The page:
EU Weighs Sanctions on Russian LNG Projects, Transshipments

(Bloomberg) -- The European Union is discussing with member states proposals to sanction key Russian liquefied natural gas projects and a ban on using EU ports to re-export supplies destined for third countries, as part of an effort to limit Moscow’s ability to generate revenues from the fossil fuel.

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The potential measures are being explored as part of the latest round of sanctions on Russia following its invasion of Ukraine. The goal would be to further hit Russia’s LNG supply supply chain and future revenues at projects like Arctic LNG 2, the UST Luga LNG terminal and the Murmansk plant, according to people familiar with the matter. The US has previously sanctioned some of those projects.

Under the plan, ports in EU member states would also be prohibited from importing Russian supplies that are then re-exported to third countries. But there wouldn’t be a ban on purchasing the fuel for use within the bloc.

The discussions are still at an early stage and some member states are skeptical of the proposals, according to the people, who declined to be named due to its sensitive nature. EU sanctions need the backing of all member states to be adopted.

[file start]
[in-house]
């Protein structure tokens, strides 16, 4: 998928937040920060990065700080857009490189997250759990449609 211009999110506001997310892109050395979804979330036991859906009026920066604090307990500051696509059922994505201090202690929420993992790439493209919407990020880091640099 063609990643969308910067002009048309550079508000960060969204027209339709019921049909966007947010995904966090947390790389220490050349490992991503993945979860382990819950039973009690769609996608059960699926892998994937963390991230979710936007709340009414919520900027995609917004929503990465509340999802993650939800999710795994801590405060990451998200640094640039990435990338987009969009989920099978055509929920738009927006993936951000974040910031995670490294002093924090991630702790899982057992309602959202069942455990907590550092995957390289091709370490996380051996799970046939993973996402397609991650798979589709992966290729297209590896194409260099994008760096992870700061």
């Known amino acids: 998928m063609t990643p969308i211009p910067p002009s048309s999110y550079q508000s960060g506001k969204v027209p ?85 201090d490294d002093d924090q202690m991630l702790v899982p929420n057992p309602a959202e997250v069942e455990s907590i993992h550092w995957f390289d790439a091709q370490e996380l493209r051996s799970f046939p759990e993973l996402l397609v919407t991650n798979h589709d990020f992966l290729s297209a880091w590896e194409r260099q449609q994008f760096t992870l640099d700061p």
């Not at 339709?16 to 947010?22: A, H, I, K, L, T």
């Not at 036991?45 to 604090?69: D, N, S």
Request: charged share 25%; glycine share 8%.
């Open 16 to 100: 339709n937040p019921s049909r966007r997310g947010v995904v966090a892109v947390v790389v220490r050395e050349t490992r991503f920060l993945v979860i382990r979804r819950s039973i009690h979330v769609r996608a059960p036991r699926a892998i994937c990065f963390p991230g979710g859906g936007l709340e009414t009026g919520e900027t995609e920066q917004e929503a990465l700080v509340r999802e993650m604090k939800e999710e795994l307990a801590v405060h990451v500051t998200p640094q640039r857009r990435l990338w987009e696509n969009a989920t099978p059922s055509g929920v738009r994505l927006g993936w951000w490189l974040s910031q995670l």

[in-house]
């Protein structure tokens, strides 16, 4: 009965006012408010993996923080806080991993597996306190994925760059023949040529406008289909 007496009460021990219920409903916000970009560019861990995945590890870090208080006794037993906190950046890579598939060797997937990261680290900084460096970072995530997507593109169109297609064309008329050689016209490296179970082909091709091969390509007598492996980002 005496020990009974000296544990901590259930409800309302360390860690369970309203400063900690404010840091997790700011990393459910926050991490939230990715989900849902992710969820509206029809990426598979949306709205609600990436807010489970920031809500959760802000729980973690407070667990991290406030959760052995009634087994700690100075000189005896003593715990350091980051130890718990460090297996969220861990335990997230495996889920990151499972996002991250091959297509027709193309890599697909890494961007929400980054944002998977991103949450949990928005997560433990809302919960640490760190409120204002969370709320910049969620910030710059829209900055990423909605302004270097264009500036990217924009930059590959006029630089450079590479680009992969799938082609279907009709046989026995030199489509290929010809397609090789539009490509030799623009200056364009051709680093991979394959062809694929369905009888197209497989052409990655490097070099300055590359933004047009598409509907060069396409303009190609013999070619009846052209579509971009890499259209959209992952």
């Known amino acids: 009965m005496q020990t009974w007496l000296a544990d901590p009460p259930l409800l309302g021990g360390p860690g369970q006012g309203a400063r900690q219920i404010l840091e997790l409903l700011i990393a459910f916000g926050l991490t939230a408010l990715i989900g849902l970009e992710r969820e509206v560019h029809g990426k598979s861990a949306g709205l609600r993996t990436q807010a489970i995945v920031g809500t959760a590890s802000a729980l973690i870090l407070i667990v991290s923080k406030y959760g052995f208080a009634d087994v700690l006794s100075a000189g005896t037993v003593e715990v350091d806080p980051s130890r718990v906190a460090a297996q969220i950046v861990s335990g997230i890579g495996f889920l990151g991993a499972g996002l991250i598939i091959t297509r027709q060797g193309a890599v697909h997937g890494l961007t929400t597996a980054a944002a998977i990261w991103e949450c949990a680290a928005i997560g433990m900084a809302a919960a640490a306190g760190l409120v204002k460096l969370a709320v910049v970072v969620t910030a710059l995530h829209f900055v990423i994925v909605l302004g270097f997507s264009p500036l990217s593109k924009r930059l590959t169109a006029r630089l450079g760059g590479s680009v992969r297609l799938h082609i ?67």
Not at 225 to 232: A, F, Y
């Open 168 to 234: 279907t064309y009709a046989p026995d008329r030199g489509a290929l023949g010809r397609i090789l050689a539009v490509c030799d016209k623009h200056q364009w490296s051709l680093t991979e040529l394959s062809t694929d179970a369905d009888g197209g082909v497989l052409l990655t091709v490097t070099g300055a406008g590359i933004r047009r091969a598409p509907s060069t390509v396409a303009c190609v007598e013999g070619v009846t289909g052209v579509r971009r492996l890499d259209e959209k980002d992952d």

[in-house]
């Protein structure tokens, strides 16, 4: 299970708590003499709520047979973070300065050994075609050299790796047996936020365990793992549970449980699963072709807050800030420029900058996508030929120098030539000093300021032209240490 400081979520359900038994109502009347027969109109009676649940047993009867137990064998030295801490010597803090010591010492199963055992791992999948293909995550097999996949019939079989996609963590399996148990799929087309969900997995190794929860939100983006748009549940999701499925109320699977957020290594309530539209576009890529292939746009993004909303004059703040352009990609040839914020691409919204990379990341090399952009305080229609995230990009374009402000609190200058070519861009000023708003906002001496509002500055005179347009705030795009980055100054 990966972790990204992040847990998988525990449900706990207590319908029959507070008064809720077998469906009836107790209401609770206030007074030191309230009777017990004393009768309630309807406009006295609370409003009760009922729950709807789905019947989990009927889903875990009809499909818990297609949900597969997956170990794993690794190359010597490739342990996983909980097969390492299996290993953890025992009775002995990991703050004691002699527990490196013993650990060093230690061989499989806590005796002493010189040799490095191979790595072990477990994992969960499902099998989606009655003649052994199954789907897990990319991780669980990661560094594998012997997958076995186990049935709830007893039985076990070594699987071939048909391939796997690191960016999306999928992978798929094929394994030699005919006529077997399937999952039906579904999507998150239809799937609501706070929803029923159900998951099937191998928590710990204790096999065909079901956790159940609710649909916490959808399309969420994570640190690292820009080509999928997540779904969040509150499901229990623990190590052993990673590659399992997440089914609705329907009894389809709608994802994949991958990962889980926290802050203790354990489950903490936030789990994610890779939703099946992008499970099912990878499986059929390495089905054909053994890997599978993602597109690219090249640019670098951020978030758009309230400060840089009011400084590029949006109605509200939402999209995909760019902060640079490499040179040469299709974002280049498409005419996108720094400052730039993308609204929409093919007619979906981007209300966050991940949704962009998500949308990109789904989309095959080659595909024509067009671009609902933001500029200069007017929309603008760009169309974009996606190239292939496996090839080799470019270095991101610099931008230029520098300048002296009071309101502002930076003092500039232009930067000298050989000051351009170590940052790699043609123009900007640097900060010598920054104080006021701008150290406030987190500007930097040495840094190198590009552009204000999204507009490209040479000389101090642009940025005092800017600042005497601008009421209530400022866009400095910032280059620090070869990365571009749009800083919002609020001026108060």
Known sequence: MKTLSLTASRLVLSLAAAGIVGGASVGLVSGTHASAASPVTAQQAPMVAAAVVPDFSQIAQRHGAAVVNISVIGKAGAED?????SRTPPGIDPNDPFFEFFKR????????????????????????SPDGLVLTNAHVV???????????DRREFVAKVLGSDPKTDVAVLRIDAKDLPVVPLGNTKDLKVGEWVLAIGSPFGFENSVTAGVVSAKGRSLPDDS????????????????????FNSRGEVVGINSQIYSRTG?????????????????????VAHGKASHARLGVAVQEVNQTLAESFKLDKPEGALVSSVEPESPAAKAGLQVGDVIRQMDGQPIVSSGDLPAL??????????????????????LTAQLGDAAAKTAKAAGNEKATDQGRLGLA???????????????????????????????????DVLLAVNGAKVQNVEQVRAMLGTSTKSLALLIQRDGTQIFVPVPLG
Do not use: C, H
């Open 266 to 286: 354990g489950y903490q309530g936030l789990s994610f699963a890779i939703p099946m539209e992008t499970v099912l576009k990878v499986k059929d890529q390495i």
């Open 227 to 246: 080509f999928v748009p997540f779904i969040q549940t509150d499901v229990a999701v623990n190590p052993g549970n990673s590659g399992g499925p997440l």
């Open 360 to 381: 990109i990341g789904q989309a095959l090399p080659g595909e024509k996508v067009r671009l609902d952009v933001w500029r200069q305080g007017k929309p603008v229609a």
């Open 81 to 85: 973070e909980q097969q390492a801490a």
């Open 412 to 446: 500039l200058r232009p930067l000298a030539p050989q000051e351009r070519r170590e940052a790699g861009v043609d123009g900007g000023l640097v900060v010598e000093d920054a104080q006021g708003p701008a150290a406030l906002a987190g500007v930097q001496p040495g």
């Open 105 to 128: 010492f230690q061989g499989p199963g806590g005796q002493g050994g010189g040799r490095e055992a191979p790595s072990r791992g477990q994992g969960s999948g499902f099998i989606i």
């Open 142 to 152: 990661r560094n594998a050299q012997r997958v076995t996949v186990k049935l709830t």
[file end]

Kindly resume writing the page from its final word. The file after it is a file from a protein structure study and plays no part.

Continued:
Other measures under discussion, in what would be the bloc’s 14th package of restrictions, are sanctions on more than a dozen companies that have continued to buy restricted goods from the bloc and supply them to Russia, according to a document seen by Bloomberg, as well as restrictions on Russian shadow fleet vessels as part of efforts to enforce the price cap on Russian oil.

Read more: EU Weighs Sanctions on Firms Shipping Weapons Tech to Russia

Some of Russia’s LNG projects that would be targeted by the measures already face some restrictions on equipment used for liquefaction, for example, and other technologies and services. The EU has also put in place measures that would allow individual countries to block gas supplies coming from Russia on a voluntary basis, although much of the remaining flows are bound up in long-term contracts.

Read more: Europe’s Demand for LNG Set to Peak in 2024 as Crisis Fades

The EU, particularly countries in central Europe, remains dependent on Russia for gas supplies, with imports from Moscow accounting for around 40% of EU demand before the Ukraine invasion. While pipeline gas has fallen significantly since then, Russia supplies around 18 billion cubic meters of LNG to European ports — chiefly in France, Spain and Belgium — with around 1 billion cubic meters of that then being re-exported, according to data from the bloc’s energy regulator.

While Europe weathered last winter with relative ease, thanks to high levels of storage and mild temperatures, the energy crisis showed how sensitive the market was to any disruptions, with prices soaring to over 10 times what they are currently. That left citizens battling record high energy bills and forced some industries to shut.

Separately, EU member states are hoping to reach an agreement next month to tap the profits generated by frozen Russian sovereign assets to support Ukraine.

Read more: EU Drafts Law to Send Russian Central Bank Profits to Ukraine

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